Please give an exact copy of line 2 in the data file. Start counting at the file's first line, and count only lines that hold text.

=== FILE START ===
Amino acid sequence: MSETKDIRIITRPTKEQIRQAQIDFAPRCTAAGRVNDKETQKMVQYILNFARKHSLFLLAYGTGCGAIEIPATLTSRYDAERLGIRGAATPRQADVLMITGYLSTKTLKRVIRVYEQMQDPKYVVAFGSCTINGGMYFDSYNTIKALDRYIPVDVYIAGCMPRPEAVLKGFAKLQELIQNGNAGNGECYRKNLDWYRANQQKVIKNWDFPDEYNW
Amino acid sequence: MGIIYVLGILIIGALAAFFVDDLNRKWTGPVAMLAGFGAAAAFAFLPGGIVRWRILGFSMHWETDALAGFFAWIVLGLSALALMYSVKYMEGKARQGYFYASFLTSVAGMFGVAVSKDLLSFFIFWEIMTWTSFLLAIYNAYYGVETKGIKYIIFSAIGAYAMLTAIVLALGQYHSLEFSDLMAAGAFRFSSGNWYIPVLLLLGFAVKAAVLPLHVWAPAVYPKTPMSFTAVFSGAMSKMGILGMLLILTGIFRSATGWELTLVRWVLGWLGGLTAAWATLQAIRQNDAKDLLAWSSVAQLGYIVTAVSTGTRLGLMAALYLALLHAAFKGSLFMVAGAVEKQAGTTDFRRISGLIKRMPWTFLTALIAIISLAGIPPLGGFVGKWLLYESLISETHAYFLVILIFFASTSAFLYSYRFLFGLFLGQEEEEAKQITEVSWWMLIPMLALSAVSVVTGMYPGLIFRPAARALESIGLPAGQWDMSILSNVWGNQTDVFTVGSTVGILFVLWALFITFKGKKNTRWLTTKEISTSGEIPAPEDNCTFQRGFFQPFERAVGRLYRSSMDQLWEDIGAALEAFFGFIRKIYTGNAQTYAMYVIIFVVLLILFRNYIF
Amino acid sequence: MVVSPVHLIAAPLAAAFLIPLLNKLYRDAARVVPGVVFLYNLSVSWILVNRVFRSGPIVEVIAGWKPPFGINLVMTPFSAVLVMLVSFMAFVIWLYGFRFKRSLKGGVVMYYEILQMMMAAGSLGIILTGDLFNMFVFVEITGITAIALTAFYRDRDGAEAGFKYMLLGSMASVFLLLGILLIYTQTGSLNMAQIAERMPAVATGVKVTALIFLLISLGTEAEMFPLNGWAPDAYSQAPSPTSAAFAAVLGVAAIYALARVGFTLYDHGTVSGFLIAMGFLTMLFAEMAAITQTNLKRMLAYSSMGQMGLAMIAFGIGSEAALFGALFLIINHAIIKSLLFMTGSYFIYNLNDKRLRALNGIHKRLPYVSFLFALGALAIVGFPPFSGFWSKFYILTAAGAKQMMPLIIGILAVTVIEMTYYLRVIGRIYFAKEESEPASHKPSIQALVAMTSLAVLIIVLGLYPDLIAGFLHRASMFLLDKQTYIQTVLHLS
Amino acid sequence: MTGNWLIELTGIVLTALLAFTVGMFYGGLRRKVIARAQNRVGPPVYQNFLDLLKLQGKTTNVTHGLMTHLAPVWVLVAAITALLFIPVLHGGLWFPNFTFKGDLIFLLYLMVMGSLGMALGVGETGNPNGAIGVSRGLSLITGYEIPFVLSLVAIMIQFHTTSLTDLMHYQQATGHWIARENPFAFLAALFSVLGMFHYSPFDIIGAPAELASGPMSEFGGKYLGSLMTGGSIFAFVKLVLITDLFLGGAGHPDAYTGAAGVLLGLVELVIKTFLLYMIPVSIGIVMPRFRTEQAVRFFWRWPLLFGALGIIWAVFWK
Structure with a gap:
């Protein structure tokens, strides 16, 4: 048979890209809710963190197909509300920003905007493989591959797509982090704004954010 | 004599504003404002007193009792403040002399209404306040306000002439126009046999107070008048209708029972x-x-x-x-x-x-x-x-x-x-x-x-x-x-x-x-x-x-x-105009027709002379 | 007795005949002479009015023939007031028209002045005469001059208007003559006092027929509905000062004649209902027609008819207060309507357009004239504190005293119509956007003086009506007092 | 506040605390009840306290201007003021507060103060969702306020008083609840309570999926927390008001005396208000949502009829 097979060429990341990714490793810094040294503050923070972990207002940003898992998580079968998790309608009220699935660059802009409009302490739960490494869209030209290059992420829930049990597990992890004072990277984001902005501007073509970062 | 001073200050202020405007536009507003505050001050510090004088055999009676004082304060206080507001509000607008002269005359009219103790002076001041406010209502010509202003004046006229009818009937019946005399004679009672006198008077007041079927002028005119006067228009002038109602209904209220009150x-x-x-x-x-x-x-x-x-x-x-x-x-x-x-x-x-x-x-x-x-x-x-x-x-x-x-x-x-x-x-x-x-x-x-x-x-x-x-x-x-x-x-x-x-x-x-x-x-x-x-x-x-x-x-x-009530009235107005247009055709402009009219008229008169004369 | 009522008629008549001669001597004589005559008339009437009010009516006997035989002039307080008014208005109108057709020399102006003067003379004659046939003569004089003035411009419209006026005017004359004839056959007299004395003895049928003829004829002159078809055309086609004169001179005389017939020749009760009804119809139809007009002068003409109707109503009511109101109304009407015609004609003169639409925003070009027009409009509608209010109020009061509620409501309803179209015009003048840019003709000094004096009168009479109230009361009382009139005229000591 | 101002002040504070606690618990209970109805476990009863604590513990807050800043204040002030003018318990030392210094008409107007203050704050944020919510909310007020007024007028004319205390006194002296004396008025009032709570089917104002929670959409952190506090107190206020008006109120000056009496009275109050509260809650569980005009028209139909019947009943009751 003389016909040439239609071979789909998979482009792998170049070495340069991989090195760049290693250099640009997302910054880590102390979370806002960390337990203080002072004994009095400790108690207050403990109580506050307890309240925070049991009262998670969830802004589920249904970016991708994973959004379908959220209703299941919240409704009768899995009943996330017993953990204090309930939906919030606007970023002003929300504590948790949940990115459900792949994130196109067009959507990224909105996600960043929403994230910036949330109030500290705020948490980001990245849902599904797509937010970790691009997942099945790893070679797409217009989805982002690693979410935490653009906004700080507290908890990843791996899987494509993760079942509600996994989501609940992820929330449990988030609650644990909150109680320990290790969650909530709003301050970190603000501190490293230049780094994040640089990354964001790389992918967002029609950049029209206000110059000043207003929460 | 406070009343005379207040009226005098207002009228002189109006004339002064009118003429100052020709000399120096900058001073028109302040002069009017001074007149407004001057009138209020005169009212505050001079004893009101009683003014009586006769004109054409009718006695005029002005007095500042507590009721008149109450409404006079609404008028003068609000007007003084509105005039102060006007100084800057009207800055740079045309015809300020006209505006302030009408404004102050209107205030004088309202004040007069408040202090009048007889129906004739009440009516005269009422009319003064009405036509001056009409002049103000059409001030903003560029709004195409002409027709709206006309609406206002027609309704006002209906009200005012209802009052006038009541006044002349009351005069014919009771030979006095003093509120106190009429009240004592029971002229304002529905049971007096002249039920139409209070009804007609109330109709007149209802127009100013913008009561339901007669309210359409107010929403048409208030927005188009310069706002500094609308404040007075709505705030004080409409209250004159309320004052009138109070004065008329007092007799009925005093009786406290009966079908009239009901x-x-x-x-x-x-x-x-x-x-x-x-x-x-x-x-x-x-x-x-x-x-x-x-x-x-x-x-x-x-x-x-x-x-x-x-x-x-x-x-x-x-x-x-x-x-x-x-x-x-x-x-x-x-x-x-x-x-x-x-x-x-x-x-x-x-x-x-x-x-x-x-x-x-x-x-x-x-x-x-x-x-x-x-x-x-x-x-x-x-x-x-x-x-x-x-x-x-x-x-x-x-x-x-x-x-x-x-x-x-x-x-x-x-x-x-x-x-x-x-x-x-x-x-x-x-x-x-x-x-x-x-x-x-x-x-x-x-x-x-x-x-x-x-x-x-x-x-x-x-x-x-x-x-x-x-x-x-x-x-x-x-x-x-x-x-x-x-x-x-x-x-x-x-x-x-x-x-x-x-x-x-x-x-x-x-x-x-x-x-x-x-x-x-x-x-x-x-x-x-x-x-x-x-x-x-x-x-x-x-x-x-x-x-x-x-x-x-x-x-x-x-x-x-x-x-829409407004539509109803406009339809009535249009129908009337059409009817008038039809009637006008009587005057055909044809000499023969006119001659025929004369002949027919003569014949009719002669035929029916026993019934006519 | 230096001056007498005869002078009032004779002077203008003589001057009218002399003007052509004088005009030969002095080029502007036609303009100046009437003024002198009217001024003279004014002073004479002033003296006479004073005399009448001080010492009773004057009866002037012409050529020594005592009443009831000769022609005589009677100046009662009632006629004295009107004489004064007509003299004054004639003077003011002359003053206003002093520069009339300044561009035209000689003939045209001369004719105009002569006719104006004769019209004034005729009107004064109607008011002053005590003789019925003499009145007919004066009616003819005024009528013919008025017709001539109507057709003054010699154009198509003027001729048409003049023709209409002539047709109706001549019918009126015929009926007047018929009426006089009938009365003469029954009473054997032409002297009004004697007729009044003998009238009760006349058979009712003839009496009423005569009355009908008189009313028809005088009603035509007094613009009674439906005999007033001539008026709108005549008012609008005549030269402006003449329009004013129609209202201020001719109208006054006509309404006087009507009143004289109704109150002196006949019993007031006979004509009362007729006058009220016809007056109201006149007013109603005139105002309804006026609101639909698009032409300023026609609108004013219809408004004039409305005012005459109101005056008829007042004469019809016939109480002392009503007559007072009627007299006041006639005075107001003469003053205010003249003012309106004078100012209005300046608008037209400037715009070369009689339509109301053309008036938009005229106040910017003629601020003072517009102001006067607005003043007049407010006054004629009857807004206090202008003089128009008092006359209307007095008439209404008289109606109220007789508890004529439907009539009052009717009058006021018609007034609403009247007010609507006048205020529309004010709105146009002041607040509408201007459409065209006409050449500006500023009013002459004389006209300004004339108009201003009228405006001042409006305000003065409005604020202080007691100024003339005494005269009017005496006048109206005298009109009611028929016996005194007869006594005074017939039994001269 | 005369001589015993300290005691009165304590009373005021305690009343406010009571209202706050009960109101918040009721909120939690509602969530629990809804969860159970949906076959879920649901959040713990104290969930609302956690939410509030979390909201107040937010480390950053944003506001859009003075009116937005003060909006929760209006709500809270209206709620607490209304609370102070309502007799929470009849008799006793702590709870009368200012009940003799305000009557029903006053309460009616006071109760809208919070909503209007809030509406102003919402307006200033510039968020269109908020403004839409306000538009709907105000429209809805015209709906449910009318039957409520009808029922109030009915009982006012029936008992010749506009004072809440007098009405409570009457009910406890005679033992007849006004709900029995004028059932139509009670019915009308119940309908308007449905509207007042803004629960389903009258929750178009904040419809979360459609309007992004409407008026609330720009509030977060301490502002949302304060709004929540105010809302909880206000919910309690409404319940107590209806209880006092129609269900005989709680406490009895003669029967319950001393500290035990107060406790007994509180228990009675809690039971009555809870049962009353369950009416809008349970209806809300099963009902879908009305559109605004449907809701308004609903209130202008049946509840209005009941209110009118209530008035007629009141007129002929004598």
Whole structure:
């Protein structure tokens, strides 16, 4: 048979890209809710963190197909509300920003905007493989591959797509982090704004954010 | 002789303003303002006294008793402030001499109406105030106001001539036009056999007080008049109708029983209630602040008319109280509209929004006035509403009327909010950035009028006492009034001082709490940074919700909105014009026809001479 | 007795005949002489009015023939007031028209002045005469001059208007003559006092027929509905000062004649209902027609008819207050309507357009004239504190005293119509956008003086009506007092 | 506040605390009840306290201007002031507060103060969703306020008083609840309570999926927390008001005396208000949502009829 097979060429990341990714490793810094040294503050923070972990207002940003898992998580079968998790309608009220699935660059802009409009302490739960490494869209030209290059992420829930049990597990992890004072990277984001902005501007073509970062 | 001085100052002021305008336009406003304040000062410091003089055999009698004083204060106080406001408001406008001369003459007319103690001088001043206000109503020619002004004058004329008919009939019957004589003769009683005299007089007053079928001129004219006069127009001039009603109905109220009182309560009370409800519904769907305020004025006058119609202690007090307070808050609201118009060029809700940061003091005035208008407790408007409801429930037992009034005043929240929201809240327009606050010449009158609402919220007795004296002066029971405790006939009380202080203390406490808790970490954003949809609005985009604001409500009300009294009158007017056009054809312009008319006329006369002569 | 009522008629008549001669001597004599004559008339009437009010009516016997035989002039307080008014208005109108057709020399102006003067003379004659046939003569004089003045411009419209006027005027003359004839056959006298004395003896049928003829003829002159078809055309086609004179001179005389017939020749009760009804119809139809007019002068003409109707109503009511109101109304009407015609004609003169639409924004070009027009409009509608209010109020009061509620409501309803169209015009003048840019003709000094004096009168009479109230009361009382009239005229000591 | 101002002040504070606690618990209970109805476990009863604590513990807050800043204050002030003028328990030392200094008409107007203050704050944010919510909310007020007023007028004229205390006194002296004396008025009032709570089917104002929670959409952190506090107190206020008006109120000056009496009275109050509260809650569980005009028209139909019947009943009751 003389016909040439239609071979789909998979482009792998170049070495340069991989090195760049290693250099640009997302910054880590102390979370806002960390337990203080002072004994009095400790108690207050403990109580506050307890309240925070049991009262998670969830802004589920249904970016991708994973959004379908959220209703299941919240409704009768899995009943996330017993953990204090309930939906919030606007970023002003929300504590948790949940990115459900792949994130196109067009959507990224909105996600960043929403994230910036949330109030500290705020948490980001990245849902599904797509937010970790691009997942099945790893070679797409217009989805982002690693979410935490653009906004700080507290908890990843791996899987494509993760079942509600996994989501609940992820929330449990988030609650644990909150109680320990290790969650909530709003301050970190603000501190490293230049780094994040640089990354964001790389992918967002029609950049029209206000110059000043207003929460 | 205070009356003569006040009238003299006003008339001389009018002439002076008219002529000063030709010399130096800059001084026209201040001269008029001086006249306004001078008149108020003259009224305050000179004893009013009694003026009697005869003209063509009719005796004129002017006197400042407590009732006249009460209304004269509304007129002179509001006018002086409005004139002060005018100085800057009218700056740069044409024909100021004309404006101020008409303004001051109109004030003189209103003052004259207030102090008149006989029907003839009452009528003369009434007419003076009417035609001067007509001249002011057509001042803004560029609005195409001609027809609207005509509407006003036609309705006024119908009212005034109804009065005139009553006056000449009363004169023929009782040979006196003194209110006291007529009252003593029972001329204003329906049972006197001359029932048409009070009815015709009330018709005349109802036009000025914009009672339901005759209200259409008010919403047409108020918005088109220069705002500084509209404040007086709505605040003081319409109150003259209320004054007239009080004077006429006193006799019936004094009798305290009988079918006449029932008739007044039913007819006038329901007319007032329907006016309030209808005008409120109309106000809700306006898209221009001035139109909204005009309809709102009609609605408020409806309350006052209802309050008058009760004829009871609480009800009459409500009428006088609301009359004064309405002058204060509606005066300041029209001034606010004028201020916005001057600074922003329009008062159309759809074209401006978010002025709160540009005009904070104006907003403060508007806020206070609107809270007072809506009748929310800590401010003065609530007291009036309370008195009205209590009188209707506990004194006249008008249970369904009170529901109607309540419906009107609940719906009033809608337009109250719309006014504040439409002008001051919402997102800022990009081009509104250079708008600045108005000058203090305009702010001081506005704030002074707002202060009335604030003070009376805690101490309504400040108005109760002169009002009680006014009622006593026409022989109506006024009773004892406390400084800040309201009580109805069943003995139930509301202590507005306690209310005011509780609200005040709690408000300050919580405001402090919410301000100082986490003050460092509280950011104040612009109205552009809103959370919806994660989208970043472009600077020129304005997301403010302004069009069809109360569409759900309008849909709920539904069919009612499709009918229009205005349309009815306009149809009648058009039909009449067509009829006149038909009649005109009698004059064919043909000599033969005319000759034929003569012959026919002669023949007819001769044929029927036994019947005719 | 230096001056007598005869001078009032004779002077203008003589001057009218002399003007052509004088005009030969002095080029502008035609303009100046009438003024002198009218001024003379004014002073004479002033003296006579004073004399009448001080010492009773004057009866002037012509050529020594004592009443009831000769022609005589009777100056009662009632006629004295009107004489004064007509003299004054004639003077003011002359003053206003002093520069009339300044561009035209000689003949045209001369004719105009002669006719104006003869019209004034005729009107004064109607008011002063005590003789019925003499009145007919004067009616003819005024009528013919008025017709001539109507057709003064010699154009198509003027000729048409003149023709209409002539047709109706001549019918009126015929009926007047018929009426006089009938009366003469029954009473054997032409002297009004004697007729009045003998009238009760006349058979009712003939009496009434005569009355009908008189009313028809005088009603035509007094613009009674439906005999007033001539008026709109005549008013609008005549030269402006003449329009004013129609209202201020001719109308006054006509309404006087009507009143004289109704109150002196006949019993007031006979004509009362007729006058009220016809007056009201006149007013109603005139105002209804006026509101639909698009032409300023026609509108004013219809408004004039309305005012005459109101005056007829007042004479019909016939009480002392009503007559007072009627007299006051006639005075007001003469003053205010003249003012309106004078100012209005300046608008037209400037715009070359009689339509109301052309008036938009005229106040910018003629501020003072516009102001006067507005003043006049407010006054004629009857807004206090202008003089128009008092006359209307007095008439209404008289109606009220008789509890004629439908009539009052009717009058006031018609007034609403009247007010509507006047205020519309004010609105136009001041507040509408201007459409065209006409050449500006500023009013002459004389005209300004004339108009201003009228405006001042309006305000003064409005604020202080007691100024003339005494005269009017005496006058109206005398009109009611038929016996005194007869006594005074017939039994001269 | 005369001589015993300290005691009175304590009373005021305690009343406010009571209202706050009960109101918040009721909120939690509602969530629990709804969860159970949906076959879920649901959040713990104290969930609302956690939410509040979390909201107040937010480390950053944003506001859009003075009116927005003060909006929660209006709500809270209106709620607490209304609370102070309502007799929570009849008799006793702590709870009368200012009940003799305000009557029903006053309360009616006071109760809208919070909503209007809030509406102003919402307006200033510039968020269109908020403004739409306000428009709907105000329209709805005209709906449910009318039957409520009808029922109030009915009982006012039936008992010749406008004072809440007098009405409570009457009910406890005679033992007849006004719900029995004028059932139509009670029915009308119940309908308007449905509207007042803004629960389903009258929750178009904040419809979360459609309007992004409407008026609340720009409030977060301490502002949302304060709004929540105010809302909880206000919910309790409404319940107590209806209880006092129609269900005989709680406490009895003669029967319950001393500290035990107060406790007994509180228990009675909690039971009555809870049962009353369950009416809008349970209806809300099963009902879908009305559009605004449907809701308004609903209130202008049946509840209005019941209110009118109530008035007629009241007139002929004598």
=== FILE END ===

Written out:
Amino acid sequence: MGIIYVLGILIIGALAAFFVDDLNRKWTGPVAMLAGFGAAAAFAFLPGGIVRWRILGFSMHWETDALAGFFAWIVLGLSALALMYSVKYMEGKARQGYFYASFLTSVAGMFGVAVSKDLLSFFIFWEIMTWTSFLLAIYNAYYGVETKGIKYIIFSAIGAYAMLTAIVLALGQYHSLEFSDLMAAGAFRFSSGNWYIPVLLLLGFAVKAAVLPLHVWAPAVYPKTPMSFTAVFSGAMSKMGILGMLLILTGIFRSATGWELTLVRWVLGWLGGLTAAWATLQAIRQNDAKDLLAWSSVAQLGYIVTAVSTGTRLGLMAALYLALLHAAFKGSLFMVAGAVEKQAGTTDFRRISGLIKRMPWTFLTALIAIISLAGIPPLGGFVGKWLLYESLISETHAYFLVILIFFASTSAFLYSYRFLFGLFLGQEEEEAKQITEVSWWMLIPMLALSAVSVVTGMYPGLIFRPAARALESIGLPAGQWDMSILSNVWGNQTDVFTVGSTVGILFVLWALFITFKGKKNTRWLTTKEISTSGEIPAPEDNCTFQRGFFQPFERAVGRLYRSSMDQLWEDIGAALEAFFGFIRKIYTGNAQTYAMYVIIFVVLLILFRNYIF